A multi-year investigation into Michigan’s wastewater treatment plants led to a recent discovery—PFAS chemicals made their way into Michigan’s beef supply. While PFAS contaminations have occurred in isolated beef populations in states like New Mexico, this was the first occurrence in Michigan.
What’s the concern? Accumulation in humans.
PFAS are a class of man-made compounds that are used to create fluoropolymer coatings which make products resistant to heat, oil, stains, grease, and water. Their pervasiveness results in countless sources of PFAS contamination. They are found in a range of products from nonstick pans to industrial wastes like paper, textile, and tannery operations. PFAS chemicals do not easily break down and can accumulate over time in the environment, including in humans and animals.
Some regulatory authorities have raised concerns over PFAS in humans, indicating that it can lead to long-term adverse health effects. PFAS levels in humans are scrutinized at very low (parts per trillion) levels. Although there are no federal or state regulations for levels of PFAS in food, the EPA has indicated that safe levels of PFAS in drinking water could be approximately 70 parts per trillion. This number may be reduced in the future as the EPA evaluates new PFAS studies. Other agencies like the FDA and DOA are increasing their sampling and research efforts to assess PFAS in the food system.
Recent testing from Michigan’s PFAS Action Response Team (MPART) found that beef from the Grostic Cattle Co. in Brighton, Michigan contained an average of 1.9 parts per billion of PFOS (a common PFAS chemical)—more than 27 times higher than the EPA’s guidance for PFAS levels in drinking water. In response to MPART’s findings, the Michigan health and agriculture departments issued their first ever joint consumption advisory for PFAS chemicals in beef, indicating that the beef from the Grostic Cattle Co. may pose a public health risk.
How did this happen? Sludge.
The PFOS contamination at the Grostic Cattle Co. can be traced back to an industrial discharger that emitted PFAS-contaminated effluent to a wastewater treatment plant in Wixom, Michigan. The Wixom plant treated the effluent and created “biosolids” (aka “sludge”) in the process. The biosolids were then used by the Grostic Cattle Co. as fertilizer for the crops it used to feed its cattle. It was later determined that those biosolids contained a whopping 2,150 parts per billion of PFOS.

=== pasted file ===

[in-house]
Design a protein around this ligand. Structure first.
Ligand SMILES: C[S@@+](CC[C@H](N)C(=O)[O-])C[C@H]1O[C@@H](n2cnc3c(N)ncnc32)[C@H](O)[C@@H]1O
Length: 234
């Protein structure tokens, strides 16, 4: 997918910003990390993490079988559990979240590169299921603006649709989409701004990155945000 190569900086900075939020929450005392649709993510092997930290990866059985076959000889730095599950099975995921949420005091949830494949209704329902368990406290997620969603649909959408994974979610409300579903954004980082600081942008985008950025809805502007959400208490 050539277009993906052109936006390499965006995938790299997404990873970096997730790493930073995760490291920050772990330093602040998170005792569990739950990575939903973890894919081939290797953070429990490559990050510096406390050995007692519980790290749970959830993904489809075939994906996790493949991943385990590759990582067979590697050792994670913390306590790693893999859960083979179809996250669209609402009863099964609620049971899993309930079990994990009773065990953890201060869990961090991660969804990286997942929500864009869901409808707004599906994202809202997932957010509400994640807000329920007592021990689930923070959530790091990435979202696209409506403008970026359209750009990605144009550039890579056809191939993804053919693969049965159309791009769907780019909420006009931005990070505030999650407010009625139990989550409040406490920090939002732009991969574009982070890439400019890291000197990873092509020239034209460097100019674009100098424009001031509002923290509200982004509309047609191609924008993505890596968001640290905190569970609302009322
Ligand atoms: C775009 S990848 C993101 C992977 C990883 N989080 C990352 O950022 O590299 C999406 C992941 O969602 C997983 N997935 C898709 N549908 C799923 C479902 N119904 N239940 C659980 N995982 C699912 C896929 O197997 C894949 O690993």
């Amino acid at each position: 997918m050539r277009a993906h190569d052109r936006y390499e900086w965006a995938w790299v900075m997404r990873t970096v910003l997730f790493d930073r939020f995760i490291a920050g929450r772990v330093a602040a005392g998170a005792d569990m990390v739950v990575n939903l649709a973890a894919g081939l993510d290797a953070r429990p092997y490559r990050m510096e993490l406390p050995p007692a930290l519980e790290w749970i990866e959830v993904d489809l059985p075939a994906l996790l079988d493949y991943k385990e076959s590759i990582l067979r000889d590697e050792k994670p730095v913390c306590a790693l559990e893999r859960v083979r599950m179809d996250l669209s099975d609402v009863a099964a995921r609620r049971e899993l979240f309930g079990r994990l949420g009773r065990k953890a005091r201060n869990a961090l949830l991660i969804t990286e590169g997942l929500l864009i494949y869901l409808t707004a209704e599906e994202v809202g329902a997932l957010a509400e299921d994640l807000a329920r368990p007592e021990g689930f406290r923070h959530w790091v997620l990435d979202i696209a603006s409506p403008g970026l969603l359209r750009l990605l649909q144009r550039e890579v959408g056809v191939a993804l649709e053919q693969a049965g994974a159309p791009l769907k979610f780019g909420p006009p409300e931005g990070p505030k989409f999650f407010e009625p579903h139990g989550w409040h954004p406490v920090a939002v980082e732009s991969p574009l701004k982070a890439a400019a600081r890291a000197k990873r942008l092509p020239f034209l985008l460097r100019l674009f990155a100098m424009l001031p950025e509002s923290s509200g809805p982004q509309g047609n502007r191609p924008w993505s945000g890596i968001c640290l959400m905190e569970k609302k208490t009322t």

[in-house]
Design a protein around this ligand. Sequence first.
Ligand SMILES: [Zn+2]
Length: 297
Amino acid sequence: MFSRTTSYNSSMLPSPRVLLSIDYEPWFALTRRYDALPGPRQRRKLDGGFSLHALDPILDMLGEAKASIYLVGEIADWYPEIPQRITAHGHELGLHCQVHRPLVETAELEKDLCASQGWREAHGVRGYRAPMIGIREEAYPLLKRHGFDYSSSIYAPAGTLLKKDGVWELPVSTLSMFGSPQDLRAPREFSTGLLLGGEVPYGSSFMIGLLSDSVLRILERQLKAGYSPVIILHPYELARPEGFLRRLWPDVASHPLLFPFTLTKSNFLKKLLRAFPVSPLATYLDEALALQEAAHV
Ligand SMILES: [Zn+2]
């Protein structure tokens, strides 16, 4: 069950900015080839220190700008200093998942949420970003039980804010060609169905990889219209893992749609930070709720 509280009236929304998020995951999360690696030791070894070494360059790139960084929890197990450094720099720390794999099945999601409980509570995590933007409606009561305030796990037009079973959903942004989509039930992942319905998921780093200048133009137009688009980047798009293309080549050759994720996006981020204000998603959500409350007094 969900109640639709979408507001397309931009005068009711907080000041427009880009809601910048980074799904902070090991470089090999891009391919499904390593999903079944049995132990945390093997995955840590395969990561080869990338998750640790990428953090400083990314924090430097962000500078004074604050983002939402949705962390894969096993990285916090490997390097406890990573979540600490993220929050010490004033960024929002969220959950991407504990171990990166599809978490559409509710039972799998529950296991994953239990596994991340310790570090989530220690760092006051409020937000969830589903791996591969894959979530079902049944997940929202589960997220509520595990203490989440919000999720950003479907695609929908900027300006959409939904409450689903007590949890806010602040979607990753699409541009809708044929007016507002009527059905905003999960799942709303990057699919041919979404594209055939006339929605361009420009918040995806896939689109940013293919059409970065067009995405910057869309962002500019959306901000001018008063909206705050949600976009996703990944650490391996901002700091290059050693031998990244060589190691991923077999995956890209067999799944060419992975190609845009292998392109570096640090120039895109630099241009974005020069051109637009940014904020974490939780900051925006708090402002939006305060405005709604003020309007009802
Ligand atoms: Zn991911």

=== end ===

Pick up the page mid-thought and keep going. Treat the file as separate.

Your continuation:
Biosolids have long been used as nutrient sources for agricultural applications. However, in the wake of MPART’s findings, steps have been taken to avoid replicating the PFOS contamination suffered by the Grostic Cattle Co. On a local level, the City of Wixom installed carbon filtration technology at the industrial discharger, which reduced PFOS discharges by 99 percent. On a statewide level, Michigan started requiring testing of biosolids before they are used in land application. Michigan now prohibits the land application of industrially impacted biosolids containing PFOS levels higher than 150 parts per billion.
What’s the takeaway? Know who you are sourcing from.
The situation at the Grostic Cattle Co. was somewhat unique. The Grostic Cattle Co. operated a closed loop system where the farm applied its own fertilizer, grew its own crops, and fed those crops to its livestock. Its fertilizer happened to be PFAS-laden sludge, affecting its entire operation.
Whether you grow your own crops or purchase your animal feed from a supplier, consider evaluating the source of your fertilizer or animal feed and whether it has been tested for contamination. Your due diligence just might save you from the headache that the Grostic Cattle Co. experienced.
Although there is uncertainty regarding regulation and health studies over PFAS in food, companies operating within the agricultural industry should monitor the continuing developments of PFAS including any regulatory actions that might apply to your business.
If you have any questions about PFAS or how it might affect your business, do not hesitate to reach out to Brandon Chapman, Matt Walker, Paula Pendley, or any member of the PFAS team at Lathrop GPM where they are ready and eager to assist you.
Brandon Chapman focuses his practice on defending his corporate clients in mass tort, toxic tort, product liability, and environmental litigation matters. When assisting clients, Brandon’s top priority is client ...
Matt Walker’s practice includes all areas of environmental law, including litigation, regulatory compliance, and assistance with corporate transactions. He utilizes his background working for environmental regulatory ...
Partner Paula Pendley focuses her practice on litigating products liability, premises liability, toxic tort and environmental cases. She has defended clients in federal and state trials throughout California and worked up cases ...
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About this Blog
Lathrop GPM has deep experience developing regulatory strategy and defending litigation in the area of per- and polyfluoroalkyl substances (PFAS), and we have been involved in some of the nation’s most-publicized cases. The PFAS Playbook blog is dedicated to helping readers stay up to date and understand the latest regulatory updates on PFAS.